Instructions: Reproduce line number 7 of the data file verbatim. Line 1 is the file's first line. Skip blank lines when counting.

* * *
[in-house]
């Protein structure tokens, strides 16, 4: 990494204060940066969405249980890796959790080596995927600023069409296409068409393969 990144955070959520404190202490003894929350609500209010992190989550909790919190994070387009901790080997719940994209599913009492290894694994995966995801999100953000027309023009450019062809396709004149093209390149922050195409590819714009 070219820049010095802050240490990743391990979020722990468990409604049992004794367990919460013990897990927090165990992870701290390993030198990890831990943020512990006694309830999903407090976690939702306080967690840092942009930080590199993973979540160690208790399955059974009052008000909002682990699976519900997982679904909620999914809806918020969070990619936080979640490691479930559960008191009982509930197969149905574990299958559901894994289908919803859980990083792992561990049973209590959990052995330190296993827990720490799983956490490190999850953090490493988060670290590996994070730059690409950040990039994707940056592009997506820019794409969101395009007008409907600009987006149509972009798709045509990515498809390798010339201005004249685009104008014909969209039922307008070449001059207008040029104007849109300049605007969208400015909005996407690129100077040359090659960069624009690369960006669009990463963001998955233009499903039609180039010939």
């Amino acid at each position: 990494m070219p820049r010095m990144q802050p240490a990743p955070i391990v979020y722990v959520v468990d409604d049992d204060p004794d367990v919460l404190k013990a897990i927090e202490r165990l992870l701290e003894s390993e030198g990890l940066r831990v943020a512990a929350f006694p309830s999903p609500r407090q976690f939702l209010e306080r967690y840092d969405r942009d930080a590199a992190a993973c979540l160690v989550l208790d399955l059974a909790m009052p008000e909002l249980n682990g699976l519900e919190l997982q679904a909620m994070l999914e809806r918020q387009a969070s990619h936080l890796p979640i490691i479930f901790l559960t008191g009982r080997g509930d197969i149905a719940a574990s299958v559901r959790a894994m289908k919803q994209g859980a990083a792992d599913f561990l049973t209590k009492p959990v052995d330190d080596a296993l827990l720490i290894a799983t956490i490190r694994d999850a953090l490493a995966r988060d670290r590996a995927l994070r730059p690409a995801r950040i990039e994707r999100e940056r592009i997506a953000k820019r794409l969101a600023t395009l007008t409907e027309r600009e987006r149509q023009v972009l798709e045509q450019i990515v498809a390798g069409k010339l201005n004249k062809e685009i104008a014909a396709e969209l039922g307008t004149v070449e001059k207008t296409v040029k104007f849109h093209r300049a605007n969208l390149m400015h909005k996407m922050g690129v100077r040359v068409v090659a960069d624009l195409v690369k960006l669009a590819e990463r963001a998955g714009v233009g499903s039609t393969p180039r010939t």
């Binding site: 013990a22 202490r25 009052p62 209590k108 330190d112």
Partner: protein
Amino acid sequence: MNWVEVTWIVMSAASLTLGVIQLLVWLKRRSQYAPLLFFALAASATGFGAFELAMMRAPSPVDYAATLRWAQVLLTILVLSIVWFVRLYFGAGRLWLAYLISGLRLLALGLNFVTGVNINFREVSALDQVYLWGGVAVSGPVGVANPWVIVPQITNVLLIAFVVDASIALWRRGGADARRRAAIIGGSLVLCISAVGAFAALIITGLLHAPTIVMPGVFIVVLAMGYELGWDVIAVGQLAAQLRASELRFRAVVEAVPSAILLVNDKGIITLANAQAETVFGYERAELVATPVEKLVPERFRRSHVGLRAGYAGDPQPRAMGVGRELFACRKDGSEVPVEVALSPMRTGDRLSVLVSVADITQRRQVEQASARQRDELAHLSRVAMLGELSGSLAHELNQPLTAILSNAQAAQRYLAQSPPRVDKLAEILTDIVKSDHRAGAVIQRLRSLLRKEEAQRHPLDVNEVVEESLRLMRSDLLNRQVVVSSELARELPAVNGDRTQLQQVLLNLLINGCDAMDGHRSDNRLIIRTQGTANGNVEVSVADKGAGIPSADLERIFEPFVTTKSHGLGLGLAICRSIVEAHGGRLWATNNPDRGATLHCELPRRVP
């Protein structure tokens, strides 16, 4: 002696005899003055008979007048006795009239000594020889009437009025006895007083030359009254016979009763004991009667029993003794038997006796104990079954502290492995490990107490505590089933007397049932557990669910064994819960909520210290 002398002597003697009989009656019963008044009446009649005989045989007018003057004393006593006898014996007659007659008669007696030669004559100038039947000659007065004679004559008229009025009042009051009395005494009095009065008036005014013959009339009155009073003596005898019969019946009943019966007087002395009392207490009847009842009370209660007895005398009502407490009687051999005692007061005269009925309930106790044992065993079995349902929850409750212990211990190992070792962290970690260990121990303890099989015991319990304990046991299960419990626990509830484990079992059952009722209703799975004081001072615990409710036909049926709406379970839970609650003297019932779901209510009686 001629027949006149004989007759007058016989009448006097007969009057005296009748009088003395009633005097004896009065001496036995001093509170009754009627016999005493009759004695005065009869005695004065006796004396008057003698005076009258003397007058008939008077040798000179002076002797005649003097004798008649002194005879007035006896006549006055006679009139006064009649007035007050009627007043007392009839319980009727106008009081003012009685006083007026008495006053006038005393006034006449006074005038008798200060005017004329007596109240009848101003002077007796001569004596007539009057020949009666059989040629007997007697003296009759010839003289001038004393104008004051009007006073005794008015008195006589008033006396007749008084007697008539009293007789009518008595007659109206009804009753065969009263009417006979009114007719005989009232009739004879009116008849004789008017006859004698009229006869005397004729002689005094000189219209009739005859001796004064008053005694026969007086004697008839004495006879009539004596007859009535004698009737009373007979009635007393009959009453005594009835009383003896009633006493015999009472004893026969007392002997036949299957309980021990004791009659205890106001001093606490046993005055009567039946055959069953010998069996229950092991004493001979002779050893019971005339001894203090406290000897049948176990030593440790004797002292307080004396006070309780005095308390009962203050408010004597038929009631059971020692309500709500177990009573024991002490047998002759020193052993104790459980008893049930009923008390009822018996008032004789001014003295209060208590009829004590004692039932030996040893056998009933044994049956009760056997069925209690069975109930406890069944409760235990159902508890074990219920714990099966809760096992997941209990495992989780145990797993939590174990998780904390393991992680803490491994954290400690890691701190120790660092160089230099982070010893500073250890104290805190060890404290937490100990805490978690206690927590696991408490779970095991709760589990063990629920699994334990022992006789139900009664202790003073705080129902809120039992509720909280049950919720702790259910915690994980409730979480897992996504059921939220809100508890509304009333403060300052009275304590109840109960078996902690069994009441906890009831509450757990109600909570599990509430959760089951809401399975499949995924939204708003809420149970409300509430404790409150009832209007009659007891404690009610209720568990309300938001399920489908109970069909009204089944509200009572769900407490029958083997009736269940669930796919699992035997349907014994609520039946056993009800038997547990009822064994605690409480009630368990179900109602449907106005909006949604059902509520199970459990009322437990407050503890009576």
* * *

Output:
């Protein structure tokens, strides 16, 4: 002696005899003055008979007048006795009239000594020889009437009025006895007083030359009254016979009763004991009667029993003794038997006796104990079954502290492995490990107490505590089933007397049932557990669910064994819960909520210290 002398002597003697009989009656019963008044009446009649005989045989007018003057004393006593006898014996007659007659008669007696030669004559100038039947000659007065004679004559008229009025009042009051009395005494009095009065008036005014013959009339009155009073003596005898019969019946009943019966007087002395009392207490009847009842009370209660007895005398009502407490009687051999005692007061005269009925309930106790044992065993079995349902929850409750212990211990190992070792962290970690260990121990303890099989015991319990304990046991299960419990626990509830484990079992059952009722209703799975004081001072615990409710036909049926709406379970839970609650003297019932779901209510009686 001629027949006149004989007759007058016989009448006097007969009057005296009748009088003395009633005097004896009065001496036995001093509170009754009627016999005493009759004695005065009869005695004065006796004396008057003698005076009258003397007058008939008077040798000179002076002797005649003097004798008649002194005879007035006896006549006055006679009139006064009649007035007050009627007043007392009839319980009727106008009081003012009685006083007026008495006053006038005393006034006449006074005038008798200060005017004329007596109240009848101003002077007796001569004596007539009057020949009666059989040629007997007697003296009759010839003289001038004393104008004051009007006073005794008015008195006589008033006396007749008084007697008539009293007789009518008595007659109206009804009753065969009263009417006979009114007719005989009232009739004879009116008849004789008017006859004698009229006869005397004729002689005094000189219209009739005859001796004064008053005694026969007086004697008839004495006879009539004596007859009535004698009737009373007979009635007393009959009453005594009835009383003896009633006493015999009472004893026969007392002997036949299957309980021990004791009659205890106001001093606490046993005055009567039946055959069953010998069996229950092991004493001979002779050893019971005339001894203090406290000897049948176990030593440790004797002292307080004396006070309780005095308390009962203050408010004597038929009631059971020692309500709500177990009573024991002490047998002759020193052993104790459980008893049930009923008390009822018996008032004789001014003295209060208590009829004590004692039932030996040893056998009933044994049956009760056997069925209690069975109930406890069944409760235990159902508890074990219920714990099966809760096992997941209990495992989780145990797993939590174990998780904390393991992680803490491994954290400690890691701190120790660092160089230099982070010893500073250890104290805190060890404290937490100990805490978690206690927590696991408490779970095991709760589990063990629920699994334990022992006789139900009664202790003073705080129902809120039992509720909280049950919720702790259910915690994980409730979480897992996504059921939220809100508890509304009333403060300052009275304590109840109960078996902690069994009441906890009831509450757990109600909570599990509430959760089951809401399975499949995924939204708003809420149970409300509430404790409150009832209007009659007891404690009610209720568990309300938001399920489908109970069909009204089944509200009572769900407490029958083997009736269940669930796919699992035997349907014994609520039946056993009800038997547990009822064994605690409480009630368990179900109602449907106005909006949604059902509520199970459990009322437990407050503890009576």